In this embodiment, the light source 15 and filter 16 remain the same emitting the same light having the same emission spectrum 17 onto the anthracycline anti-neoplastic 11. This in turn re-emits light 18 which includes reflected light and fluorescing light from the anthracycline anti-neoplastic. A filter 22 is employed to filter out light observed by the eye 23. In this embodiment, however, the filter will be a pair of filtering glasses similar to sunglasses which will effectively block out light less than 500 nm and preferably anything less than about 550 nm.
Thus, by employing the filters of the present invention one can detect anthracycline anti-neoplastic in the workplace. The surfaces studied could include human skin, floors, waste cans and receptacles, work benches, hoods, clothing, lab jackets, virtually any surface which may come into contact with the adriamycin. Preferably, the light source 15 will be a hand held light source emitting at least about 300 kilowatts of light. The invention will be further appreciated in light of the following example.
Adriamycin hydrochloride (Adria Laboratories, Columbus, Ohio Lot A1426 expiration date 4/88) was reconstituted to clinical strength. The fresh solution was diluted to 1.72×10-5 molar with sterile saline (0.9% sodium chloride for injection, Lot 78-520DK expiration 7/1/87 Abbott Laboratories, North Chicago). This solution contained 8.60×10-5 molar lactose. The UV-visible absorbent spectrum was obtained between 200 and 700 nm using a Perkins Elmer Model 552 Spectrophotometer (band pass--4 nm; scan speed--120 nm per minute; response time--0.5/sec.) and 1.0 cm match quartz cells. Background corrected spectrum is shown in FIG. 3. Absorption in the visible spectrum with a peak between 460 and 500 nm is evident along with the primary absorption and the short wavelength ultraviolet region.
A preliminary exitation/emission spectrum for adriamycin hydrochloride in saline solution was then obtained using a spectrofluorometer (Aminco-Bowman Model 768-H) which lacked a background corrector. The emission spectrum is provided as FIG. 4. Under the conditions, the fluorescence extends from 525 nm to 650 nm with the maximum occurring at 580 nm.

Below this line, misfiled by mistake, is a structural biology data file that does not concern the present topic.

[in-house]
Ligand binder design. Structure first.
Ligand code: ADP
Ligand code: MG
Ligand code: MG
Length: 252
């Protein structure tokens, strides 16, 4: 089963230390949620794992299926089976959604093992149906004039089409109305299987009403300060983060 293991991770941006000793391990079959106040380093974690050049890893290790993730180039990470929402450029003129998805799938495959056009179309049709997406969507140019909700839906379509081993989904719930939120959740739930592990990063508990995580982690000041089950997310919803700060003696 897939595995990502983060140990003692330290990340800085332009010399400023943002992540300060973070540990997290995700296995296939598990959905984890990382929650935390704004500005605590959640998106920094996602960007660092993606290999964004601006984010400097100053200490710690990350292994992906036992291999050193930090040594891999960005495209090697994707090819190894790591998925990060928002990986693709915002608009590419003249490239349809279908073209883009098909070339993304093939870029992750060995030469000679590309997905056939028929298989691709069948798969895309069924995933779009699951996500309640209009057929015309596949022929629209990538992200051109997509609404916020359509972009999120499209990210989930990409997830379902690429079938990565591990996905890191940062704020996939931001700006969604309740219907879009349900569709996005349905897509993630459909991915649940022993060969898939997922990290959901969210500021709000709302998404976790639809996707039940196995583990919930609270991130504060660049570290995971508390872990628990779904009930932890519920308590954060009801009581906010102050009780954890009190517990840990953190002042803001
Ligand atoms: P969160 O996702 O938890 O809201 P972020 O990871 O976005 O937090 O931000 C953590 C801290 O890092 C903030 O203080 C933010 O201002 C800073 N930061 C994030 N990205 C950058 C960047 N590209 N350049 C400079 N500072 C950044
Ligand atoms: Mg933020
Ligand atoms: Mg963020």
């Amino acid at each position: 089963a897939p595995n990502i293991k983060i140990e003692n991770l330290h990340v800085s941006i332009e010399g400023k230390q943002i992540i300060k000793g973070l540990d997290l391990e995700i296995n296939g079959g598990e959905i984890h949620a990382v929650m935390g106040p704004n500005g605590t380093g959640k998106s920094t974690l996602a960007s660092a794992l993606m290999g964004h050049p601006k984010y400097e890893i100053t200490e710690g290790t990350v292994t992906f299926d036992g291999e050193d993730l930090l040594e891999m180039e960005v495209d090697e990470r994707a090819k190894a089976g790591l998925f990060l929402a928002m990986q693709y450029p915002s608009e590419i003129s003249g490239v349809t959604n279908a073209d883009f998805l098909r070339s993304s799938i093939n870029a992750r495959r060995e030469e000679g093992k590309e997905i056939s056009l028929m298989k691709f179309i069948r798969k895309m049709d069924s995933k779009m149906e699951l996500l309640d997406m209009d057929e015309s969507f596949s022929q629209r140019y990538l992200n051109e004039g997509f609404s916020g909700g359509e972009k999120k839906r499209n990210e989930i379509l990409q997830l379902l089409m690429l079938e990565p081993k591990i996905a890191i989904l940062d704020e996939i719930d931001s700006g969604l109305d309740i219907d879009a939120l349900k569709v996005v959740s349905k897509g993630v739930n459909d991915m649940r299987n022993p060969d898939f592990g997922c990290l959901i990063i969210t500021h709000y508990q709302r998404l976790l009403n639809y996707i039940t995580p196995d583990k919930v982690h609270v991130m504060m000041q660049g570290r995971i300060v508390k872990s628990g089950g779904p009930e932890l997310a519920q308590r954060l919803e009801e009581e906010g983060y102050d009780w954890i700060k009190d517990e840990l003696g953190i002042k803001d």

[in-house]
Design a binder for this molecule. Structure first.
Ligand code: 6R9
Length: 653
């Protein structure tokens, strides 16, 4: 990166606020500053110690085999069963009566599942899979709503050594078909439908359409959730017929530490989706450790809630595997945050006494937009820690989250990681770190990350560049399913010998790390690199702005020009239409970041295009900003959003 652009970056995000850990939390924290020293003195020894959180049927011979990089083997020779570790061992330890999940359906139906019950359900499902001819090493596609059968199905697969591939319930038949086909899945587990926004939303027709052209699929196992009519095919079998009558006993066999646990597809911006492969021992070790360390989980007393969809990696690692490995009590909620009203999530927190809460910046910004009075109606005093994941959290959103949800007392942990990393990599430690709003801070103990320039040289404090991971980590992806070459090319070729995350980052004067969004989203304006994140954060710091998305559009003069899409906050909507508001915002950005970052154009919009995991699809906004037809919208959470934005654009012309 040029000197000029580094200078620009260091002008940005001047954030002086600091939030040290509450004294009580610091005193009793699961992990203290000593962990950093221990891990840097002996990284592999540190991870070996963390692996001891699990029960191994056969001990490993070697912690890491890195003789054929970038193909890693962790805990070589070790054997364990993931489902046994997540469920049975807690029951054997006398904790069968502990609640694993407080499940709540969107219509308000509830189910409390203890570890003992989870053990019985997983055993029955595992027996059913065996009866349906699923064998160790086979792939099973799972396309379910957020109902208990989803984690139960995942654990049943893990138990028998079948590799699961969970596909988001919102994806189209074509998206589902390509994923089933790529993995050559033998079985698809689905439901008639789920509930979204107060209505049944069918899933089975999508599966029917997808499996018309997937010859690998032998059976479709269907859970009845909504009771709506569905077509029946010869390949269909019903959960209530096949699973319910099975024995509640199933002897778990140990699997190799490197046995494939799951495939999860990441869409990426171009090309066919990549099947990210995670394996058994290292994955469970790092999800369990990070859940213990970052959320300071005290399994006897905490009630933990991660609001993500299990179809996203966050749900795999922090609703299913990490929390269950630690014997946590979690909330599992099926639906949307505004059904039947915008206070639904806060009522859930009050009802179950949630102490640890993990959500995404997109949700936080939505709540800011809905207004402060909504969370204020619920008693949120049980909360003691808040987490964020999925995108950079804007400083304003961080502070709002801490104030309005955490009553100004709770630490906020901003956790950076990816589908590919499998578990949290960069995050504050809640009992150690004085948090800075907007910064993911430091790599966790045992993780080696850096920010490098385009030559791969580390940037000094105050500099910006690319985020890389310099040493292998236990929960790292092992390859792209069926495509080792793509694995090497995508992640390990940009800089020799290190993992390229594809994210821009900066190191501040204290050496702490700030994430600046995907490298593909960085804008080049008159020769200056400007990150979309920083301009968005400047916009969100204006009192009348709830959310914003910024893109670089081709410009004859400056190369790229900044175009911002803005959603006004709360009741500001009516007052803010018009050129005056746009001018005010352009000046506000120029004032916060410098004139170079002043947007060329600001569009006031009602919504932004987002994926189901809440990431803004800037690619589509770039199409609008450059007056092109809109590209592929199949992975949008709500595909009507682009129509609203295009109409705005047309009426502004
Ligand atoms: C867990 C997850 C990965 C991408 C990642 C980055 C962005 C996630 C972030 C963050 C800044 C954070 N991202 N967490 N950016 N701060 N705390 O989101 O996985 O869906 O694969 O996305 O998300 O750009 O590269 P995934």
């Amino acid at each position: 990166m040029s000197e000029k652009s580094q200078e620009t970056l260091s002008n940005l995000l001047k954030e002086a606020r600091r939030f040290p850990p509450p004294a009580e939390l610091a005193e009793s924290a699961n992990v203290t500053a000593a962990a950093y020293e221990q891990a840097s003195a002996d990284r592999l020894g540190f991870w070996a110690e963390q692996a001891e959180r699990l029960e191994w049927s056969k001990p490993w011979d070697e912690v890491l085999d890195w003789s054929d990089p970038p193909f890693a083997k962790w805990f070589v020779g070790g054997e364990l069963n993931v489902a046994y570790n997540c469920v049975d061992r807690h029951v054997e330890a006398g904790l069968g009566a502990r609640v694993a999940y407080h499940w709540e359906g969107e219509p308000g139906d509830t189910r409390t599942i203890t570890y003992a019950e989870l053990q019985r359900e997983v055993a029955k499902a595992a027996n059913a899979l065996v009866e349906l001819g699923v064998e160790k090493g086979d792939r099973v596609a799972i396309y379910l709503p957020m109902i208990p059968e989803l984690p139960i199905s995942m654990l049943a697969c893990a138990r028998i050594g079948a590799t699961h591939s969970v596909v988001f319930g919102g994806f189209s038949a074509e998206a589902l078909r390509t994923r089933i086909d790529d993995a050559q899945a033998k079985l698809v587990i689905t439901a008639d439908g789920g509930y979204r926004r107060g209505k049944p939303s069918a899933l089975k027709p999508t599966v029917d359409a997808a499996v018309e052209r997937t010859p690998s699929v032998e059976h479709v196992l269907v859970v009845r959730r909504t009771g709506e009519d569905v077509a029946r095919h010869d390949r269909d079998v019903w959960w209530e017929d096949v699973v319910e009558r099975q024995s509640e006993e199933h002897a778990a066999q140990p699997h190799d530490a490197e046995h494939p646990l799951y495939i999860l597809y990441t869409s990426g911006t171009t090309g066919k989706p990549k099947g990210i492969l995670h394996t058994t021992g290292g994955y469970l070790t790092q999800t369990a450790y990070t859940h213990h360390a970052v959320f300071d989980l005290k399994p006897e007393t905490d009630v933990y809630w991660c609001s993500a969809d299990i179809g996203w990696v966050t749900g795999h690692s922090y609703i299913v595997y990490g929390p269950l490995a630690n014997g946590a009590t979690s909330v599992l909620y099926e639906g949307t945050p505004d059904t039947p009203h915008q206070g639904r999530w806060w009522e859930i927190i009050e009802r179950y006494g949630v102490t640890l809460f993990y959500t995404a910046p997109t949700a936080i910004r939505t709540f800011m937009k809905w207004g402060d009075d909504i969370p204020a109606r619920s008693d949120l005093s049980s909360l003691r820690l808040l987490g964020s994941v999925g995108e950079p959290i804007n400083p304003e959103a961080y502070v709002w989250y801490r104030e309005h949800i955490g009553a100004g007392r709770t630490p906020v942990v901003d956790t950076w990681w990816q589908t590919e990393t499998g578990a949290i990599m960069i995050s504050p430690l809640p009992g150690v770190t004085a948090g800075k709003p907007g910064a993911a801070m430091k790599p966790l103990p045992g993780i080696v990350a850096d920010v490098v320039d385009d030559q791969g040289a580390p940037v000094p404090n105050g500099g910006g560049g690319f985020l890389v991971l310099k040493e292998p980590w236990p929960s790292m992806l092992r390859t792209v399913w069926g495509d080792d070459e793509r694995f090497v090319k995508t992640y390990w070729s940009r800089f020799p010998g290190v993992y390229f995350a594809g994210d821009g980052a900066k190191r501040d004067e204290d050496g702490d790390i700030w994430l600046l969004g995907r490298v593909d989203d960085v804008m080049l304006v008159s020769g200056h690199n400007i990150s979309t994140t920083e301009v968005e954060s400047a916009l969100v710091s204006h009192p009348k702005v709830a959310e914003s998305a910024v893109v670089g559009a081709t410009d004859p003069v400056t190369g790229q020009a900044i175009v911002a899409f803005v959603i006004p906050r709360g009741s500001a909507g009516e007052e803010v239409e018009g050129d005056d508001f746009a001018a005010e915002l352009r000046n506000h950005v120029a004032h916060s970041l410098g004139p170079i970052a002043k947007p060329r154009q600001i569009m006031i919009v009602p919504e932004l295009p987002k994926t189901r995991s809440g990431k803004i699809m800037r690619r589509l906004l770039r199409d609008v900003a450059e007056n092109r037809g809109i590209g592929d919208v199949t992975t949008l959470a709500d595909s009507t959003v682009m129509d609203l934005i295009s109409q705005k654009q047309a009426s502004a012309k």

Monitoring the fluorescence at 580 nm the exitation wavelength was varied to produce the exitation spectrum as shown in FIG. 5. The maximum intensity at 580 nm was produced by exitation at 470 nm as expected.
To detect samples under ambient conditions a Kodak Model AF-1 Ektographic Slide Projector was used as a light source to stimulate fluorescence. The optical system of the projector was equipped with a condensing lens and an infrared filter (Kodak Corp., Rochester, NY). This projector was fitted with a new General Electric ELH Multimirror 300 Watt 120 Volt Tunsten Halogen Projection Lamp of 3350 Kelvin Color temperature (General Electric Co., Cleveland, OH). A glass filter, Model BG-124084 which selectively passed short wave (blue) visible light was passed in the slide projector compartment. This filter is designed to fit into the slide projector. The spectral transmission of the Model BG-124084 filter is shown in FIG. 6.
A Minolta SRT201 35mm single lens reflex camera with a Vivatar 55mm 1:2.8 macro lens and Kodak Wratten No. 21 75×75mm gelatin filter was used to photograph the fluorescent emission from adriamycin. This gelatin filter required the use of a Kodak 75×75 gelatin filter frame and series 8 75×75mm gelatin filter frame holder and Tiffon Model 62M-M 62mm adapter ring. The lens mounted Wratten filter absorbed the stimulating blue light emitted by the light source allowing only the orange red fluorescent glow of the adriamycin to be photographed. Viewing spectacles were worn over the eyes during visual observation to filter out the interfering light emitted by the stimulating light source. Ultraviolet and blue filtering sunglasses manufactured by Sun Tiger, Pasadena, CA blocked transmission of light below 550 nm and were used in this research.
The spectral transmission curves of the Wratten No. 21 filter and the viewing spectacles is also shown in FIG. 6. These results were obtained on a Perkin Elmer Model 330 Spectrophotometer.
The light output of the projector available to stimulate fluorescence is plotted by combining the spectral irradiance plot of the projector with the spectral transmission curve of the BG-12 filter as shown in FIG. 6.
The use of photography to report fluorescence involved several parameters which were systematically varied to optimize the method. Aperture setting, exposure time, angles and distances between the camera, light source and subject and film were each varied while the other four were held constant. Slides were made and viewed to determine optimum parameters.